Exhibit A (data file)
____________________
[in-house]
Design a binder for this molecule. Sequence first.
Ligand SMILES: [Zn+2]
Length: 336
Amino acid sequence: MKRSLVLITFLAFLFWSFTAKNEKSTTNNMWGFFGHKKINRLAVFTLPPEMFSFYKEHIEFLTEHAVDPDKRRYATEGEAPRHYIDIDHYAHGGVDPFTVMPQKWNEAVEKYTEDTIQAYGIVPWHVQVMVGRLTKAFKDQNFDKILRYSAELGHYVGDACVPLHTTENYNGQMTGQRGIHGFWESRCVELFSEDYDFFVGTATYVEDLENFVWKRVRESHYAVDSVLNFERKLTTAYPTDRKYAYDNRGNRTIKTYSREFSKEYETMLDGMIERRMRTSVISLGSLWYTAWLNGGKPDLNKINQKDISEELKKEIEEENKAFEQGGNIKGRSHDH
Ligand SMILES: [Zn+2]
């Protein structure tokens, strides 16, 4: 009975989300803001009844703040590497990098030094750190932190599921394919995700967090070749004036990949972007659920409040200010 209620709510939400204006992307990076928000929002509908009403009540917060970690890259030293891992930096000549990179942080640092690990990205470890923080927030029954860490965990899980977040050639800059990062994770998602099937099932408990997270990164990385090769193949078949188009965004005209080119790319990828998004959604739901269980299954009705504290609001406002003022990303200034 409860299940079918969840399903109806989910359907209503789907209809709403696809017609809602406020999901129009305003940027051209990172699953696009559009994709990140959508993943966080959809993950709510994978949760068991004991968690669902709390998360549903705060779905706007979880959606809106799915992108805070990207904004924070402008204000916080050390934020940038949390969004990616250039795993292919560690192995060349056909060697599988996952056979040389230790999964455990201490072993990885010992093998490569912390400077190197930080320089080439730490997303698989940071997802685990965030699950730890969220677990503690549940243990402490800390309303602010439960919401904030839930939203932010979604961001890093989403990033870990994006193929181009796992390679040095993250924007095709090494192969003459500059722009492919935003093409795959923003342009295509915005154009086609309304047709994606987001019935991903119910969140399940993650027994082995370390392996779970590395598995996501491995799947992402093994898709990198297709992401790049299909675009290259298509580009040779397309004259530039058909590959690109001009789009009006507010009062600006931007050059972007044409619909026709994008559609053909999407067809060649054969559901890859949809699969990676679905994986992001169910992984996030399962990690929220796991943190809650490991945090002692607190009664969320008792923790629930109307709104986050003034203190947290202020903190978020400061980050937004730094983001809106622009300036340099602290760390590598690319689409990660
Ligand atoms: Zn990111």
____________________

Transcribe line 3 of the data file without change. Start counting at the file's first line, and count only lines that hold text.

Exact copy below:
Ligand SMILES: [Zn+2]